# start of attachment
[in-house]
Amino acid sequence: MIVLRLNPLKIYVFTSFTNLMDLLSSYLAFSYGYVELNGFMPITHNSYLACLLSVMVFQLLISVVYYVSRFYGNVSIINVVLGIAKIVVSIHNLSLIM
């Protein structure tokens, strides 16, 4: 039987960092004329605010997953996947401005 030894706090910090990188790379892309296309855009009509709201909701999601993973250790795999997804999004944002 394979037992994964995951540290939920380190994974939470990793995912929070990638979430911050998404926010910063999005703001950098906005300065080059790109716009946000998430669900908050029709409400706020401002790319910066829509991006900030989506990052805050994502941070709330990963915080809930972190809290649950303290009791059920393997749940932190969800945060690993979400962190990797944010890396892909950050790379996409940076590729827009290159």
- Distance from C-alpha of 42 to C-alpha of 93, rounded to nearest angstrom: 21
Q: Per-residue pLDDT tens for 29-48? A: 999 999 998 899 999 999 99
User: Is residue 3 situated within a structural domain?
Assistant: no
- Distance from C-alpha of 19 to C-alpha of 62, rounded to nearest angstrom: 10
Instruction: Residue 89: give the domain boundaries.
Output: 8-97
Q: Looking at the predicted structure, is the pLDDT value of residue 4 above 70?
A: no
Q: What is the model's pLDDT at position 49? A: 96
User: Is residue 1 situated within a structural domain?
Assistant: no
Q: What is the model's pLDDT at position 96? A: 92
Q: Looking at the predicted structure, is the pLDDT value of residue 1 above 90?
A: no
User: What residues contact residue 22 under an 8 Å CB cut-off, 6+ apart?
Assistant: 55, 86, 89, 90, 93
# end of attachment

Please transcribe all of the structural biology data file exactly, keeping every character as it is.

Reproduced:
[in-house]
Amino acid sequence: MIVLRLNPLKIYVFTSFTNLMDLLSSYLAFSYGYVELNGFMPITHNSYLACLLSVMVFQLLISVVYYVSRFYGNVSIINVVLGIAKIVVSIHNLSLIM
């Protein structure tokens, strides 16, 4: 039987960092004329605010997953996947401005 030894706090910090990188790379892309296309855009009509709201909701999601993973250790795999997804999004944002 394979037992994964995951540290939920380190994974939470990793995912929070990638979430911050998404926010910063999005703001950098906005300065080059790109716009946000998430669900908050029709409400706020401002790319910066829509991006900030989506990052805050994502941070709330990963915080809930972190809290649950303290009791059920393997749940932190969800945060690993979400962190990797944010890396892909950050790379996409940076590729827009290159």
- Distance from C-alpha of 42 to C-alpha of 93, rounded to nearest angstrom: 21
Q: Per-residue pLDDT tens for 29-48? A: 999 999 998 899 999 999 99
User: Is residue 3 situated within a structural domain?
Assistant: no
- Distance from C-alpha of 19 to C-alpha of 62, rounded to nearest angstrom: 10
Instruction: Residue 89: give the domain boundaries.
Output: 8-97
Q: Looking at the predicted structure, is the pLDDT value of residue 4 above 70?
A: no
Q: What is the model's pLDDT at position 49? A: 96
User: Is residue 1 situated within a structural domain?
Assistant: no
Q: What is the model's pLDDT at position 96? A: 92
Q: Looking at the predicted structure, is the pLDDT value of residue 1 above 90?
A: no
User: What residues contact residue 22 under an 8 Å CB cut-off, 6+ apart?
Assistant: 55, 86, 89, 90, 93